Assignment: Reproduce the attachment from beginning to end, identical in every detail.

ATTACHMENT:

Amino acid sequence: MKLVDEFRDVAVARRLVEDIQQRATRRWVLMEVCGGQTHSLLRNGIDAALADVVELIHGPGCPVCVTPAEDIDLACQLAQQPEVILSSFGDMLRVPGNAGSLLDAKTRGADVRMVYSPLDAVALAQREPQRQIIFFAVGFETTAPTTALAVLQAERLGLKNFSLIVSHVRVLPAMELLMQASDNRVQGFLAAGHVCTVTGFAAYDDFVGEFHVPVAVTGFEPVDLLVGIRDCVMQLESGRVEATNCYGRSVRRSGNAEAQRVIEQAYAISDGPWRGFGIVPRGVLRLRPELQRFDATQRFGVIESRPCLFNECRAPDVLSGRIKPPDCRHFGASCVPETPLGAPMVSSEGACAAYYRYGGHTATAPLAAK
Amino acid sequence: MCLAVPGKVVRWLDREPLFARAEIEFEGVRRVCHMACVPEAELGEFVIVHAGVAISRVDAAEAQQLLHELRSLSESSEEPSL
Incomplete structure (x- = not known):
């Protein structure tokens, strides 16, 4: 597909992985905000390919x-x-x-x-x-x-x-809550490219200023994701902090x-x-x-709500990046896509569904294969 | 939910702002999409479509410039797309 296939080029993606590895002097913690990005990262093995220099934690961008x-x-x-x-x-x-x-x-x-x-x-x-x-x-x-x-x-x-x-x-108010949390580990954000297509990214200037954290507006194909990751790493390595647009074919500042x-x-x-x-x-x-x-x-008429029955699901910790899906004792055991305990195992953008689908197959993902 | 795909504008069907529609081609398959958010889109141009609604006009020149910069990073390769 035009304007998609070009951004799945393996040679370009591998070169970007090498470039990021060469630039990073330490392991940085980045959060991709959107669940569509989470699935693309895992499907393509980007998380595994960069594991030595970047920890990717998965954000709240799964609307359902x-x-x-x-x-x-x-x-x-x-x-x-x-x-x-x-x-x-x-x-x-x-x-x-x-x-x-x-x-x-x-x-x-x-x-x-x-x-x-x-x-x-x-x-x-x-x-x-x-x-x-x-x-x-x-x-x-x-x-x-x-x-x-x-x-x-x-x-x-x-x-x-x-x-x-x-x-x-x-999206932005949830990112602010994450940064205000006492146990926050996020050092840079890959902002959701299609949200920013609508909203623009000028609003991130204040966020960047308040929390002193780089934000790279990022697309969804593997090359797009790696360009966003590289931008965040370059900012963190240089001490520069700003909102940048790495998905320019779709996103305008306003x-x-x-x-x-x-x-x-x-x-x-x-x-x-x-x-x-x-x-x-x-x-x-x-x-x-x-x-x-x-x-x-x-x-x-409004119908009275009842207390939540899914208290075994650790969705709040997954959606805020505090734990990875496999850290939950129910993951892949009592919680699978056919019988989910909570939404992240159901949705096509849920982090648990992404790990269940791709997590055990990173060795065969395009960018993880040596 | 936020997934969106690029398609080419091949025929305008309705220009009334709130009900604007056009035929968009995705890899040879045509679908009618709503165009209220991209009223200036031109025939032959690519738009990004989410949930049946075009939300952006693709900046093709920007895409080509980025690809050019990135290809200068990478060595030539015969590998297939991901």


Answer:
Amino acid sequence: MKLVDEFRDVAVARRLVEDIQQRATRRWVLMEVCGGQTHSLLRNGIDAALADVVELIHGPGCPVCVTPAEDIDLACQLAQQPEVILSSFGDMLRVPGNAGSLLDAKTRGADVRMVYSPLDAVALAQREPQRQIIFFAVGFETTAPTTALAVLQAERLGLKNFSLIVSHVRVLPAMELLMQASDNRVQGFLAAGHVCTVTGFAAYDDFVGEFHVPVAVTGFEPVDLLVGIRDCVMQLESGRVEATNCYGRSVRRSGNAEAQRVIEQAYAISDGPWRGFGIVPRGVLRLRPELQRFDATQRFGVIESRPCLFNECRAPDVLSGRIKPPDCRHFGASCVPETPLGAPMVSSEGACAAYYRYGGHTATAPLAAK
Amino acid sequence: MCLAVPGKVVRWLDREPLFARAEIEFEGVRRVCHMACVPEAELGEFVIVHAGVAISRVDAAEAQQLLHELRSLSESSEEPSL
Incomplete structure (x- = not known):
């Protein structure tokens, strides 16, 4: 597909992985905000390919x-x-x-x-x-x-x-809550490219200023994701902090x-x-x-709500990046896509569904294969 | 939910702002999409479509410039797309 296939080029993606590895002097913690990005990262093995220099934690961008x-x-x-x-x-x-x-x-x-x-x-x-x-x-x-x-x-x-x-x-108010949390580990954000297509990214200037954290507006194909990751790493390595647009074919500042x-x-x-x-x-x-x-x-008429029955699901910790899906004792055991305990195992953008689908197959993902 | 795909504008069907529609081609398959958010889109141009609604006009020149910069990073390769 035009304007998609070009951004799945393996040679370009591998070169970007090498470039990021060469630039990073330490392991940085980045959060991709959107669940569509989470699935693309895992499907393509980007998380595994960069594991030595970047920890990717998965954000709240799964609307359902x-x-x-x-x-x-x-x-x-x-x-x-x-x-x-x-x-x-x-x-x-x-x-x-x-x-x-x-x-x-x-x-x-x-x-x-x-x-x-x-x-x-x-x-x-x-x-x-x-x-x-x-x-x-x-x-x-x-x-x-x-x-x-x-x-x-x-x-x-x-x-x-x-x-x-x-x-x-x-999206932005949830990112602010994450940064205000006492146990926050996020050092840079890959902002959701299609949200920013609508909203623009000028609003991130204040966020960047308040929390002193780089934000790279990022697309969804593997090359797009790696360009966003590289931008965040370059900012963190240089001490520069700003909102940048790495998905320019779709996103305008306003x-x-x-x-x-x-x-x-x-x-x-x-x-x-x-x-x-x-x-x-x-x-x-x-x-x-x-x-x-x-x-x-x-x-x-409004119908009275009842207390939540899914208290075994650790969705709040997954959606805020505090734990990875496999850290939950129910993951892949009592919680699978056919019988989910909570939404992240159901949705096509849920982090648990992404790990269940791709997590055990990173060795065969395009960018993880040596 | 936020997934969106690029398609080419091949025929305008309705220009009334709130009900604007056009035929968009995705890899040879045509679908009618709503165009209220991209009223200036031109025939032959690519738009990004989410949930049946075009939300952006693709900046093709920007895409080509980025690809050019990135290809200068990478060595030539015969590998297939991901």